Instantaneous self-publishing gives the author more power than at any time since the invention of literacy, but it also confers a new degree of autonomy on the text. Once published online, especially on a blog with a feed, the text can be replicated endlessly. Though it’s easy enough to instruct search-engine robots not to index a website, doing so kind of misses the whole point of the internet. Authors who desire complete control over their creations should not go anywhere near the web.
Readers have more power now, too: in most cases they can log comments in a space directly adjoining the text, with a reasonable expectation that the author will read them and even respond in turn. Of course, in many cases the readers are other bloggers, a situation that should feel familiar to most poets. But in some cases they’re bloggers from very different backgrounds, specializing in other genres, with cross-communication enabled by a personal/creative blogging culture in which some blogs (like this one, I hope) elude pigeonholing and mix genres in ways that would be considered unmarketable in traditional publishing.
Becoming part of that culture means adhering to a set of mores that might seem strange to those more familiar with the posturing and flame-wars of the political blogosphere, but the rewards include the chance for new kinds and greater degrees of creative interaction. In a nutshell, I’d say the personal blogger has an obligation to be a gracious host (which includes throwing out mean-spirited or disruptive guests as quickly as possible) and the commenters should behave as if they were guests on someone’s front porch: a publically accessable, privately controlled space.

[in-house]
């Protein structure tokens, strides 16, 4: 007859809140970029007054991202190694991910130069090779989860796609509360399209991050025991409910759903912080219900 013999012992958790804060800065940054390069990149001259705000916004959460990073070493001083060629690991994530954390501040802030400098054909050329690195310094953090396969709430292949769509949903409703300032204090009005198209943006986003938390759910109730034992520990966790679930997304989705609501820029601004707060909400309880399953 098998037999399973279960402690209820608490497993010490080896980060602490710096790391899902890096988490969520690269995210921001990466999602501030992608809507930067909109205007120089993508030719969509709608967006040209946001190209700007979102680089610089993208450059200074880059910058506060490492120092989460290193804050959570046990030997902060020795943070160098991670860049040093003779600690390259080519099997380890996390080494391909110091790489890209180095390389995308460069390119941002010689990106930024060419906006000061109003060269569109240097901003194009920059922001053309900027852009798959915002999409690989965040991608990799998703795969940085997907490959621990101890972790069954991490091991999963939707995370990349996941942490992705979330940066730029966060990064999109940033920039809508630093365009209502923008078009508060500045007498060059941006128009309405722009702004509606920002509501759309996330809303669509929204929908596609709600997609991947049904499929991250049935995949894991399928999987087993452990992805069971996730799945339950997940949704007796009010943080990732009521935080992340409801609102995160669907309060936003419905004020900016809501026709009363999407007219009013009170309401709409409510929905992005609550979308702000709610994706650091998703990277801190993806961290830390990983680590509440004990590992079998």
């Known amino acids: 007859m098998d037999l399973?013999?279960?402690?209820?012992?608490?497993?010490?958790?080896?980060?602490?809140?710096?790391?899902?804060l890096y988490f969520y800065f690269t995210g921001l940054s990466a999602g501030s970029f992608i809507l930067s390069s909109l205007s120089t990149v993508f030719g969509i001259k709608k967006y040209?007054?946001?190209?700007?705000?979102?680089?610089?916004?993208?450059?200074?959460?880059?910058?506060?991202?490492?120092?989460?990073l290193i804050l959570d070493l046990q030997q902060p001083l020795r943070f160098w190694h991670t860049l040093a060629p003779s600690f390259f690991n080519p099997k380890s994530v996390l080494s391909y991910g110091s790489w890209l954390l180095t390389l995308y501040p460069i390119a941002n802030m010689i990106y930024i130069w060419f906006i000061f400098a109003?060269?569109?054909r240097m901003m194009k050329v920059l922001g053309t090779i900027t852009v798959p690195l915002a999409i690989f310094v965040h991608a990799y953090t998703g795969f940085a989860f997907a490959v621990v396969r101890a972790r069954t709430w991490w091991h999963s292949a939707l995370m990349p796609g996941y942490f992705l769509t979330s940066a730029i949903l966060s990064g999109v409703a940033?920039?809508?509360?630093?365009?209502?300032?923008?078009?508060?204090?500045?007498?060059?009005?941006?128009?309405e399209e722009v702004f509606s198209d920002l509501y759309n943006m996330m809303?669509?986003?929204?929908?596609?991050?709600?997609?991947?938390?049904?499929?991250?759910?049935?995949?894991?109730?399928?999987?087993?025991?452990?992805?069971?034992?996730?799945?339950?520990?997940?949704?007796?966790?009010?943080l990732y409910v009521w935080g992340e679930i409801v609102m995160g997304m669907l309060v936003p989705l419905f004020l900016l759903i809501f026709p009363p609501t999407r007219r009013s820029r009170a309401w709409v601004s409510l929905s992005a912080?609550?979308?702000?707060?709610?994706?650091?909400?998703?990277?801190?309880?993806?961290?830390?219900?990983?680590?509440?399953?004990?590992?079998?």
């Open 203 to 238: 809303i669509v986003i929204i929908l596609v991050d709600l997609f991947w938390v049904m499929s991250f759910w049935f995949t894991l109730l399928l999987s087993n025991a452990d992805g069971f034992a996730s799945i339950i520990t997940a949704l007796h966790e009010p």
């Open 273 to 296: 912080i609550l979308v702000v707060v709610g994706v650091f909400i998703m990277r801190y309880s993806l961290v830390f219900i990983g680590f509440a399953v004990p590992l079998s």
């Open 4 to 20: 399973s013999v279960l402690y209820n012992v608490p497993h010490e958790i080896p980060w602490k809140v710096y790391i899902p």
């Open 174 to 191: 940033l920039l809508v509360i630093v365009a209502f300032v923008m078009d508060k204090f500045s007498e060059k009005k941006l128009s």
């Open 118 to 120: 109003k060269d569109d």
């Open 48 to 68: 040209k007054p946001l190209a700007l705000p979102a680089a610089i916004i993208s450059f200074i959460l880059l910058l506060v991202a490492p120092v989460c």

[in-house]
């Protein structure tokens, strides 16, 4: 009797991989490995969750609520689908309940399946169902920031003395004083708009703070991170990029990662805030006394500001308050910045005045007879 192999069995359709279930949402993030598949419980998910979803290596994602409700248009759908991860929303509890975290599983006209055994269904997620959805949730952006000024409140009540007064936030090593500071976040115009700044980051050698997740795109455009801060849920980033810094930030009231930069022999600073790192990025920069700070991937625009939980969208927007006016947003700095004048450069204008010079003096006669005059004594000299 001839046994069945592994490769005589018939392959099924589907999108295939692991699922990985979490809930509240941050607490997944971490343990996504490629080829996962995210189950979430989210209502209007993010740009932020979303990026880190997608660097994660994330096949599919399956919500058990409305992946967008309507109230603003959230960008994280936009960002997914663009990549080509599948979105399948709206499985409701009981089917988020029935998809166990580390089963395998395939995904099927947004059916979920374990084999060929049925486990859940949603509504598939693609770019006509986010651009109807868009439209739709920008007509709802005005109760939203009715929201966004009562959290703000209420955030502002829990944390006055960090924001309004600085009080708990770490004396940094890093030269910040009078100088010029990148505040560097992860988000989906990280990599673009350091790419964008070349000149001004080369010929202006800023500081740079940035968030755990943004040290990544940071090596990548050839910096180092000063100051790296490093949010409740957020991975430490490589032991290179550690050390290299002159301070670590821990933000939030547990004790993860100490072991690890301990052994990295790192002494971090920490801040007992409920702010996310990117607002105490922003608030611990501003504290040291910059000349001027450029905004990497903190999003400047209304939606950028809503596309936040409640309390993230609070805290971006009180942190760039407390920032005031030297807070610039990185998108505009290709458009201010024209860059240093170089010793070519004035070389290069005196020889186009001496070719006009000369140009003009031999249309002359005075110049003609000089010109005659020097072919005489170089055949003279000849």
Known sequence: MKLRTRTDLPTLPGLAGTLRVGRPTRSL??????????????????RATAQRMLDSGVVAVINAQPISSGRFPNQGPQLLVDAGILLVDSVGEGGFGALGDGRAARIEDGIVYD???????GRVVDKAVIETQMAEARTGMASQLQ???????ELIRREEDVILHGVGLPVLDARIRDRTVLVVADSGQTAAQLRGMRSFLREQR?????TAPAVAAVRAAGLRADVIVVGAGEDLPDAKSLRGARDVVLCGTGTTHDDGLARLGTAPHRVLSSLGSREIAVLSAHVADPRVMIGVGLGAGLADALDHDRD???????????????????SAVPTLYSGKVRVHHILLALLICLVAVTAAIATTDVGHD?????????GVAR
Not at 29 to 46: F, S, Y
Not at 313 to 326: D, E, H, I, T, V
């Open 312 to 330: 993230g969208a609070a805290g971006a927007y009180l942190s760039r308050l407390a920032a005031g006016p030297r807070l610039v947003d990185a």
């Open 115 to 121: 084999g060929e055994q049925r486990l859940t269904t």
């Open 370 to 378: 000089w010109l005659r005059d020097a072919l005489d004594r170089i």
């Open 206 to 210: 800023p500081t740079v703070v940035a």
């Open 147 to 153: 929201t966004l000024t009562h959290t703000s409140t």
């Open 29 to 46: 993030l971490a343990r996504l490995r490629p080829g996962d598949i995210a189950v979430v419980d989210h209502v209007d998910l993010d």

Blogging enables the mixing not just of genres but of media, too. In contrast to print publication, full-color illustrations entail very little additional expense (and may even be free, depending on one’s web hosting arrangements). The web is in many ways a visual medium, which doesn’t mean that online audiences for longer, unillustrated texts don’t exist, simply that authors have to be aware of different strategies for gaining and retaining readers. Ekphrastic writing is one very common example of the kind of creative synergy maintaining a blog can inspire in its author. Writers with digital cameras can always shift to photoblogging when they start feeling blocked, and the kind of seeing required to take good photos can feed back into their writing.
The web doesn’t have to remain a purely visual medium, though — and this is another of its great advantages over print. Online poets in particular are fools if they don’t at least occasionally take advantage of the opportunity to return listening to center-stage. While eye-catching photos might draw in easily distracted readers, a good audio recording embedded in a Flash player alongside the text can lead someone to actually pay close attention to the poem. Video is another great blogging medium, and while putting videopoems together may seem too complicated for most, anyone capable of writing a sonnet or a villanelle can certainly figure out the basics of video and audio editing. In fact, digital literacy should probably be taught in all college writing programs now.
The greatest thing about the web, for me, is that authors can reach anyone in the world with a connection to the internet, for free or close to it. There is no longer any need for a publisher as an intermediary. The personal weblog medium offers the potential to reach beyond traditional audiences for poetry, nature writing, and other genres that commercial publishers have for decades considered irrelevant. While it’s true that blogging has passed its peak of faddishness, I see that as a sign of growing maturity. And all the people who are now using Facebook and Twitter instead of blogging are still looking for cool things to link to and tweet about.